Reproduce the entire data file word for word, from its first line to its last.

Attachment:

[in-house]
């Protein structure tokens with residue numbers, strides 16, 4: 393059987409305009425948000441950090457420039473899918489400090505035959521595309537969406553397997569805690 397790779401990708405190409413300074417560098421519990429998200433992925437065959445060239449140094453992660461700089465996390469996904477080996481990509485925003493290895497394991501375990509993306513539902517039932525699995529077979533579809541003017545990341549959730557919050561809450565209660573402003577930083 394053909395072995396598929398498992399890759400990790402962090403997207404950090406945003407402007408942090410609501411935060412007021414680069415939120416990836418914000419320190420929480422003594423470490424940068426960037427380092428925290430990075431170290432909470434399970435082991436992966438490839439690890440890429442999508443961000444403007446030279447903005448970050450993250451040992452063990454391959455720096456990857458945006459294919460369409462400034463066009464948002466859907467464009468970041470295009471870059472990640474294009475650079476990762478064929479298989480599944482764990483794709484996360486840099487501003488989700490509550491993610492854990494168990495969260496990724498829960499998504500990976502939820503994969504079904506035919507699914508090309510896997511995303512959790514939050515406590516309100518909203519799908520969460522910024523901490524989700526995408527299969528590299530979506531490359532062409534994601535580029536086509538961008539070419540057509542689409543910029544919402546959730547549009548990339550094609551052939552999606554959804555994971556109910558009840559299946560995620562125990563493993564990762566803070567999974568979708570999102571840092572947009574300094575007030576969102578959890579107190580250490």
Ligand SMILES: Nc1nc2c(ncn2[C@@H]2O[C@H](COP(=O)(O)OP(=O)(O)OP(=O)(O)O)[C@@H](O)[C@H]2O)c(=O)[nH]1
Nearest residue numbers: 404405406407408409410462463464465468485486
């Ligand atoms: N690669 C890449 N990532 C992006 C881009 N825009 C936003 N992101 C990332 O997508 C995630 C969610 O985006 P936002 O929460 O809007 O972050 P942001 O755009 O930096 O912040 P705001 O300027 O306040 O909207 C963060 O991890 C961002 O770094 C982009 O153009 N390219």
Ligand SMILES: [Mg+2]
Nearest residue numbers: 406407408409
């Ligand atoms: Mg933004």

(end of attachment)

[in-house]
């Protein structure tokens with residue numbers, strides 16, 4: 393059987409305009425948000441950090457420039473899918489400090505035959521595309537969406553397997569805690 397790779401990708405190409413300074417560098421519990429998200433992925437065959445060239449140094453992660461700089465996390469996904477080996481990509485925003493290895497394991501375990509993306513539902517039932525699995529077979533579809541003017545990341549959730557919050561809450565209660573402003577930083 394053909395072995396598929398498992399890759400990790402962090403997207404950090406945003407402007408942090410609501411935060412007021414680069415939120416990836418914000419320190420929480422003594423470490424940068426960037427380092428925290430990075431170290432909470434399970435082991436992966438490839439690890440890429442999508443961000444403007446030279447903005448970050450993250451040992452063990454391959455720096456990857458945006459294919460369409462400034463066009464948002466859907467464009468970041470295009471870059472990640474294009475650079476990762478064929479298989480599944482764990483794709484996360486840099487501003488989700490509550491993610492854990494168990495969260496990724498829960499998504500990976502939820503994969504079904506035919507699914508090309510896997511995303512959790514939050515406590516309100518909203519799908520969460522910024523901490524989700526995408527299969528590299530979506531490359532062409534994601535580029536086509538961008539070419540057509542689409543910029544919402546959730547549009548990339550094609551052939552999606554959804555994971556109910558009840559299946560995620562125990563493993564990762566803070567999974568979708570999102571840092572947009574300094575007030576969102578959890579107190580250490």
Ligand SMILES: Nc1nc2c(ncn2[C@@H]2O[C@H](COP(=O)(O)OP(=O)(O)OP(=O)(O)O)[C@@H](O)[C@H]2O)c(=O)[nH]1
Nearest residue numbers: 404405406407408409410462463464465468485486
């Ligand atoms: N690669 C890449 N990532 C992006 C881009 N825009 C936003 N992101 C990332 O997508 C995630 C969610 O985006 P936002 O929460 O809007 O972050 P942001 O755009 O930096 O912040 P705001 O300027 O306040 O909207 C963060 O991890 C961002 O770094 C982009 O153009 N390219």
Ligand SMILES: [Mg+2]
Nearest residue numbers: 406407408409
């Ligand atoms: Mg933004």